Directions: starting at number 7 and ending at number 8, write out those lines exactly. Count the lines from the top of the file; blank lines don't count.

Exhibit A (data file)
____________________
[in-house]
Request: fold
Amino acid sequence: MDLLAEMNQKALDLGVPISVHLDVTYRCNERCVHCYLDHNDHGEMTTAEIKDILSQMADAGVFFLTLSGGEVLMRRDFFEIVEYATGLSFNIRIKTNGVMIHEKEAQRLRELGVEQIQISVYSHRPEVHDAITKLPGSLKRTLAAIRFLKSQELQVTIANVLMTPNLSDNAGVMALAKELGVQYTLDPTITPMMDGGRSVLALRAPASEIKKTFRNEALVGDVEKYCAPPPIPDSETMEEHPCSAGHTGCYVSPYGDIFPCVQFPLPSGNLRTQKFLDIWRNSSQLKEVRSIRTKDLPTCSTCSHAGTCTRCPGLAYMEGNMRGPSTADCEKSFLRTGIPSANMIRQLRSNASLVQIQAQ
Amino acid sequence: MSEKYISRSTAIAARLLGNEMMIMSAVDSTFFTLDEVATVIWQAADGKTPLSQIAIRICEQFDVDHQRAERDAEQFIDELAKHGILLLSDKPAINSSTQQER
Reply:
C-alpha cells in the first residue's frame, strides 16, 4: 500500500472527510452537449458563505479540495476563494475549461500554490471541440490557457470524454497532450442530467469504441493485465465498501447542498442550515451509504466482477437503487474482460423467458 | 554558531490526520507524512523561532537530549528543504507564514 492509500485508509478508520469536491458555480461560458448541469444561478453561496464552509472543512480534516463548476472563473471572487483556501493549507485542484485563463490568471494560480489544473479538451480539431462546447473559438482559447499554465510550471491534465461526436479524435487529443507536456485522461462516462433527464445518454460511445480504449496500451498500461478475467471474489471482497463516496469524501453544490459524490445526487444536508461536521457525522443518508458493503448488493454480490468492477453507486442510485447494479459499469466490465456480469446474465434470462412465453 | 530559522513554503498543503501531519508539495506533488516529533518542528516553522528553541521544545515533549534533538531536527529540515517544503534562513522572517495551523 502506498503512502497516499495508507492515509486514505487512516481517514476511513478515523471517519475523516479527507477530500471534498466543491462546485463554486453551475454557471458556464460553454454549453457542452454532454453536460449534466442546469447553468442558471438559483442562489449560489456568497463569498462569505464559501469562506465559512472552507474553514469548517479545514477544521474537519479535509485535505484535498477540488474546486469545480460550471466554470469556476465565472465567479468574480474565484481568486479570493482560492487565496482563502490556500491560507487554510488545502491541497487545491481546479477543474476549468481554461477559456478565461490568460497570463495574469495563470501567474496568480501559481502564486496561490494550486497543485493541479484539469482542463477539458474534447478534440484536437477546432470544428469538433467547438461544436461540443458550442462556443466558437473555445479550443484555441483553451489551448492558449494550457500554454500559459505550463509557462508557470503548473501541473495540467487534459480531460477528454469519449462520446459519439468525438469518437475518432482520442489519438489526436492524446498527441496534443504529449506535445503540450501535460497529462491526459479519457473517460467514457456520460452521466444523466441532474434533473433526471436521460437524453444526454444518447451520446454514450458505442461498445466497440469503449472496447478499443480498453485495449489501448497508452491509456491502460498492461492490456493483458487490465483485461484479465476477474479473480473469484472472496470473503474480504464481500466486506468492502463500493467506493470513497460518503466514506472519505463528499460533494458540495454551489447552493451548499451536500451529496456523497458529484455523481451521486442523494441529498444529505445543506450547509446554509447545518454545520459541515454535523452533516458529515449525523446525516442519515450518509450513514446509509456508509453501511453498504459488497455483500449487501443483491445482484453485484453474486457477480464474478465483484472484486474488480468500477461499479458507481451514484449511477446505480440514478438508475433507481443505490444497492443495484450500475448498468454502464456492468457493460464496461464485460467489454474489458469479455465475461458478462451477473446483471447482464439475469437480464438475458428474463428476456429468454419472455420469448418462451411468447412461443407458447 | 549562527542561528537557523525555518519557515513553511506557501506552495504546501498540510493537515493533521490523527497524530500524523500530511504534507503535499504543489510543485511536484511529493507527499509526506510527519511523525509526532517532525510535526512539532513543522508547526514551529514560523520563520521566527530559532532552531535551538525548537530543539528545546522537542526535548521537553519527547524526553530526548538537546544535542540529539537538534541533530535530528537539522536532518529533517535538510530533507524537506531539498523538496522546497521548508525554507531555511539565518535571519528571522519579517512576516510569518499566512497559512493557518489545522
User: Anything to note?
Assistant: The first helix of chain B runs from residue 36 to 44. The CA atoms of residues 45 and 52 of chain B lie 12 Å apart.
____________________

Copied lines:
User: Anything to note?
Assistant: The first helix of chain B runs from residue 36 to 44. The CA atoms of residues 45 and 52 of chain B lie 12 Å apart.